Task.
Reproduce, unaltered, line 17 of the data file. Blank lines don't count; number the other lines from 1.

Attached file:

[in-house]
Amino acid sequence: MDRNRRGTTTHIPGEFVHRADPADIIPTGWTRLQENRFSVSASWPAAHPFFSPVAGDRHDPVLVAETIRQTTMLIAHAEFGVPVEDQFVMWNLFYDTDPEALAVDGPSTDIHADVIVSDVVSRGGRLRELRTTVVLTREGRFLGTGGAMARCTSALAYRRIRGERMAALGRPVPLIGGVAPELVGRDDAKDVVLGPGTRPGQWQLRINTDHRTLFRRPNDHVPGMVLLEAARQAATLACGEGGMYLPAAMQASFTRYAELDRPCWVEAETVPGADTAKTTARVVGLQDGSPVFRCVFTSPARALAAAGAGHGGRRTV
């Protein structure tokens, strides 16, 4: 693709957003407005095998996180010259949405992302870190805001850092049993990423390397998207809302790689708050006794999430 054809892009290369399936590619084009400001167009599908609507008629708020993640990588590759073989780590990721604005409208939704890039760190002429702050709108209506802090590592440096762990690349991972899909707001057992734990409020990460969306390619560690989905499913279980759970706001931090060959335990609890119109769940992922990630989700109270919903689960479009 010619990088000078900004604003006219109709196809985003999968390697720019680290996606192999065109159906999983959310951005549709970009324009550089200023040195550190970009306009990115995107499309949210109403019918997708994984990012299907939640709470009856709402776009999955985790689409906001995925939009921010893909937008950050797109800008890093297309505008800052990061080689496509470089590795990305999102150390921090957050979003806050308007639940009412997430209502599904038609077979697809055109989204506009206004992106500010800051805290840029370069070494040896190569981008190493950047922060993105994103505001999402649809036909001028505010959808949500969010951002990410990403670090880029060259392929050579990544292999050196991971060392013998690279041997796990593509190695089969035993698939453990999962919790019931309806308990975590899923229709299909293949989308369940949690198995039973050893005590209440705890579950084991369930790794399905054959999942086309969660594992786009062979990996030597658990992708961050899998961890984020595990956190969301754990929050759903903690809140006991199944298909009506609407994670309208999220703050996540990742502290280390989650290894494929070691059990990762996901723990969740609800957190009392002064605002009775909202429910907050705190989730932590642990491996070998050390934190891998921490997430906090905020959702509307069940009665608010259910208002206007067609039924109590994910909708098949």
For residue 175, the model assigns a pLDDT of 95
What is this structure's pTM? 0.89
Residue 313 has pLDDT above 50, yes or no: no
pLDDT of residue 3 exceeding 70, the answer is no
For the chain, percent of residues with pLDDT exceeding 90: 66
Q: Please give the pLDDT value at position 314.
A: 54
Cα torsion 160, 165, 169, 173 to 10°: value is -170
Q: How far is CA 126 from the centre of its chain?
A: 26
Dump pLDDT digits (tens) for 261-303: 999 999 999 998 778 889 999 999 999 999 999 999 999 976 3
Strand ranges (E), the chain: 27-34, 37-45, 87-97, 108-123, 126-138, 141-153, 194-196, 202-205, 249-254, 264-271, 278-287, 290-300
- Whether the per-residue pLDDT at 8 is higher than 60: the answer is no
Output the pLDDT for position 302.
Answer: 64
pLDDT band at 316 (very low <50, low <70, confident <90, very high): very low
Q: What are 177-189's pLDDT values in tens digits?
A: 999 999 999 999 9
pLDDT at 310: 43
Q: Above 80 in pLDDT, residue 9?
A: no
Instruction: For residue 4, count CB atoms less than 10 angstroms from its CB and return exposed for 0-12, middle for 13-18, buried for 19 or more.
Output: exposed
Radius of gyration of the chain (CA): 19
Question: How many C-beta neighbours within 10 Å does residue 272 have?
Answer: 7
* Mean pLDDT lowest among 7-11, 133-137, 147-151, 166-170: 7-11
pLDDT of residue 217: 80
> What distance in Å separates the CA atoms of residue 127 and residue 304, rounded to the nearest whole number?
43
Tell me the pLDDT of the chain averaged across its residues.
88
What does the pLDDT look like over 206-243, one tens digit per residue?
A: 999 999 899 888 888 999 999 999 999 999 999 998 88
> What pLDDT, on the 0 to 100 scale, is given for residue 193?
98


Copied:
Output the pLDDT for position 302.